Cuthbert Rumbold is an 11 pound Barred Rock rooster who rules the roost in our chicken restaurant and day spa. As is often the case with roosters raised by hand that lose their fear of humans, he can be a bit hazardous.
“I would put that rooster right into the stew pot,” a neighbor opined. My wife loathes Cuthbert, who seems to take a special interest in challenging her.
Mr. Rumbold has tried to flog me several times as well, but we have an understanding which took some effort to work out. It involved a bamboo quarterstaff and its role in convincing Cuthbert that it was impossible to get close enough to lay a spur on me, and that the end of the staff could get to wherever he was going faster than he could.
Now if there are any of you PETA disciples who might take issue with my relationship with our magnificent and uninjured rooster, like the ones who meddled in the Possum Drop over in a neighboring community, rest assured that there is no cruelty involved in this training. The only contact with the staff is when old Cuth flies into it. The whole purpose of the exercise is to convince him that the staff is quicker and just as relentless, and simply placing the end of it in front of wherever he goes results in his eventual submission.
What it all means is that Cuthbert gets to live, and most of the time now he immediately retreats to the opposite side of the yard when I enter the pen. That doesn’t mean that I’ll ever turn my back on him. He is a rooster, after all, and a creature long on instinct and short on cognition.
“I wouldn’t have a rooster like that,” another neighbor said. “Why do you keep him?”
Because Cuthbert would fight to the death to protect his flock. Last week an owl settled into our cove and started hooting. Cuthbert raised the alarm and stood between the hens and the owl. A few days later I burned a pile of brush in the garden below the hen house. The chickens had never seen fire or smoke before, but their natural instincts took over. When the fire started crackling, Cuthbert herded all the hens back inside their house and stood watch on the ramp outside. Whenever there is any kind of danger, Cuthbert is the first one on the scene and the last one to leave.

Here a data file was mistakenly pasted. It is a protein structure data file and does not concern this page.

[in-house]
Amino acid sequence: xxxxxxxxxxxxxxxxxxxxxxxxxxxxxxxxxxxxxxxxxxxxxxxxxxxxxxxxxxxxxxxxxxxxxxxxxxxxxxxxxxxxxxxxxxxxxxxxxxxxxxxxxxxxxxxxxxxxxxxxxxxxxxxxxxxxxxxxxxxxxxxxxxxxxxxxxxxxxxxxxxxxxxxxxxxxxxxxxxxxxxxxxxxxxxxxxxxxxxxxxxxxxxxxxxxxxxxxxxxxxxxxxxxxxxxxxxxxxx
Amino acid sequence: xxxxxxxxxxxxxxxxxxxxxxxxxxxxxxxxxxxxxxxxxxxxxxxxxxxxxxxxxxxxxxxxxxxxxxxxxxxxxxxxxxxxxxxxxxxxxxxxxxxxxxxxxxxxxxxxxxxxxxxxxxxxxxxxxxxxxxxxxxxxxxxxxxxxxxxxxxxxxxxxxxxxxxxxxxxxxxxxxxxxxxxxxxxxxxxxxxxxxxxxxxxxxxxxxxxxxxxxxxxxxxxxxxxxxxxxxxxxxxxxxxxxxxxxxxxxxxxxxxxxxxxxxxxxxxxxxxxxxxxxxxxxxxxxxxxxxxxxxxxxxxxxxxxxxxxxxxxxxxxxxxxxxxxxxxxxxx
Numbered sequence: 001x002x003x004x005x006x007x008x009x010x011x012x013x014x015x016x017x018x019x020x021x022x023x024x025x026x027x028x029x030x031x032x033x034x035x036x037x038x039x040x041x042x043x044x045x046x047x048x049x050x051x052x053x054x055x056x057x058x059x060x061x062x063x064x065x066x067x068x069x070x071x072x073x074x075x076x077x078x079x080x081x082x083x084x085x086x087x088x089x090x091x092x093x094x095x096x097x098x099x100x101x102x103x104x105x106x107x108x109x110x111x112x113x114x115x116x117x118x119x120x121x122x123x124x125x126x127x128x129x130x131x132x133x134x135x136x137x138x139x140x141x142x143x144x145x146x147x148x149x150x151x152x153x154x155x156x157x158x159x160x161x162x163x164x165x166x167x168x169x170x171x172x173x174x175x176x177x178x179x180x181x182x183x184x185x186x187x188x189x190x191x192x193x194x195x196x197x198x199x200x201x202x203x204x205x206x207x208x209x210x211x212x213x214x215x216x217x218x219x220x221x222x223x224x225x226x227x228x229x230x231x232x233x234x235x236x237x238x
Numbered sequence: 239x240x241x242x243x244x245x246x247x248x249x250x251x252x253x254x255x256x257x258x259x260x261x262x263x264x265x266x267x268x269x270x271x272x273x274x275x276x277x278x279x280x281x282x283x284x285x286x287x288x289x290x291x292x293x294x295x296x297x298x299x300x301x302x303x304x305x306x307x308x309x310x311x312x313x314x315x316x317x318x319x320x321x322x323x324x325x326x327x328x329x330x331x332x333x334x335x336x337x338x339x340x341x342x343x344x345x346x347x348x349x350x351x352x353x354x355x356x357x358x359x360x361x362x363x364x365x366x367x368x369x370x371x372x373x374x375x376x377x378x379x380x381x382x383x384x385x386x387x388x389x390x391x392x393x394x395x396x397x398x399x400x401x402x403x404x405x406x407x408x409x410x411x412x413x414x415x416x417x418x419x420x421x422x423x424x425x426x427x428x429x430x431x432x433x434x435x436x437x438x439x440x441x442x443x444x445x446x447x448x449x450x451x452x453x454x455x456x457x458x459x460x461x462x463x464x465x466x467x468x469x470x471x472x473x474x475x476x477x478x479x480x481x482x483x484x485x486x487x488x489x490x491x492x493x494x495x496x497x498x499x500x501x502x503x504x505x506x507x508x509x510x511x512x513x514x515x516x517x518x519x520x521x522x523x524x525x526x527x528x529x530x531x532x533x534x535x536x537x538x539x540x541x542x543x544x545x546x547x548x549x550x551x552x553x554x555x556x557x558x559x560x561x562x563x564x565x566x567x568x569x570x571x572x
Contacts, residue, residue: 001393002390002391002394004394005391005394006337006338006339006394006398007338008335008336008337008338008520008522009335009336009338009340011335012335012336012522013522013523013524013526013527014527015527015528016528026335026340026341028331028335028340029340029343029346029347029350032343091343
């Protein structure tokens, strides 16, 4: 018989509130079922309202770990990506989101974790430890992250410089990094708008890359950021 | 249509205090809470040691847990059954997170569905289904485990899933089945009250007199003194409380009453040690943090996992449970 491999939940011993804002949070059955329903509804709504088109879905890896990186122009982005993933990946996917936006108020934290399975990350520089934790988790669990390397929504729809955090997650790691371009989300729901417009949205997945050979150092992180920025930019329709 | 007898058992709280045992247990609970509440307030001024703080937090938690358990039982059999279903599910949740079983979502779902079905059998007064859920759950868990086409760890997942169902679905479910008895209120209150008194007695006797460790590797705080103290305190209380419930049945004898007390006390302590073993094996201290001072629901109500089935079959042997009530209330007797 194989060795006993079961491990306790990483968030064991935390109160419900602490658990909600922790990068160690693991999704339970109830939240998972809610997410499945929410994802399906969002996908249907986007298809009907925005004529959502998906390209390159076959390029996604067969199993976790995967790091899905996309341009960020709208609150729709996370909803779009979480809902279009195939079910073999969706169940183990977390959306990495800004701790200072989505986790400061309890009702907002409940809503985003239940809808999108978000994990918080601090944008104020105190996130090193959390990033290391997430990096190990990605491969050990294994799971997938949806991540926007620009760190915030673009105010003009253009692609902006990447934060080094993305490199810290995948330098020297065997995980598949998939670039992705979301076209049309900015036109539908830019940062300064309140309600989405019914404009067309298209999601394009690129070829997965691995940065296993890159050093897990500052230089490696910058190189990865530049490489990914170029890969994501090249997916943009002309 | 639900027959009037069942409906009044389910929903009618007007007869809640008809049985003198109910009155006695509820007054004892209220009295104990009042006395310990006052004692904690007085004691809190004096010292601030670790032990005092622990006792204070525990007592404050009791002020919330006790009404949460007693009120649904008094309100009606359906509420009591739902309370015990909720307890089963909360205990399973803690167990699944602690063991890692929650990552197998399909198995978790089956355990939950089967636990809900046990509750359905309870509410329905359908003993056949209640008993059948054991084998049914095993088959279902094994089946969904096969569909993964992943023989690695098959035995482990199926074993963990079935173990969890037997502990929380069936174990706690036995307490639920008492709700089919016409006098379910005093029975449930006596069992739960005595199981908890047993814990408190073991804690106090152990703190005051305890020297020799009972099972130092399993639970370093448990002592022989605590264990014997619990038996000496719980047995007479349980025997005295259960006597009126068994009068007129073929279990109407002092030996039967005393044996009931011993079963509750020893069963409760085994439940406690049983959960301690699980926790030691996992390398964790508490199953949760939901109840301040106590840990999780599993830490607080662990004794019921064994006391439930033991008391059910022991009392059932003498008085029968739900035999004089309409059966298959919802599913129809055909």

I would be well within my “rights” to serve up old Cuthbert (he’s barely a year out of the egg but he got “old” very quickly) on a platter with some carrots and potatoes. But a question a mentor asked me once still informs me to this day: Would you rather be right, or would you rather be effective?” I’d rather have a rooster who will protect our little flock from the variety of predators we have living here at the edge of the wood.
We can modify that same question for our age of addiction to outrage and offense. Would you rather be right, or would you rather be happy? If you’re in a happy marriage, chances are that you’ve already answered that question. I’m convinced that, at the core of the general animosity and rudeness that permeates online communities and poisons politics, there is an insistence on being right.
Being right is its own reward. Convincing others that we are right often means that we’re not all that sure that we are right, and we need validation or compliance to prop up our self image. When enough people are doing this at the same time, feathers will fly.
Which brings us to the bigger picture of the two main groups that have been flogging each other incessantly for the last 5 or 6 years. On one side of the pit we have conservatives, republicans – people who usually say they hold to Christian values. The problem is that they have handpicked some elements of the Faith that are useful mainly for accusing and condemning, and let slide the elements of charity, love and hope which made Christianity the original “inclusive” group.
On the other side of the pit are the “progressives,” liberals, democrats, and whoever else wants to fit under that umbrella. Some of them seem to have adopted an attitude of “I just want peace and I’ll kill to get it.” There is a lot of talk about inclusion and equality, but many seem bent on achieving that by pulling everyone down to the same level, and they aggressively seek out “wrong” thinking and “wrong” speech with the intent to punish it.
Both sides are “right,” and neither is very effective. There is no room for compromise, and little recognition that at the core of their beliefs, both sides want the same thing. Unseen by both sides is the invisible hand with the bamboo stick that keeps the flocks in a state of constant alarm.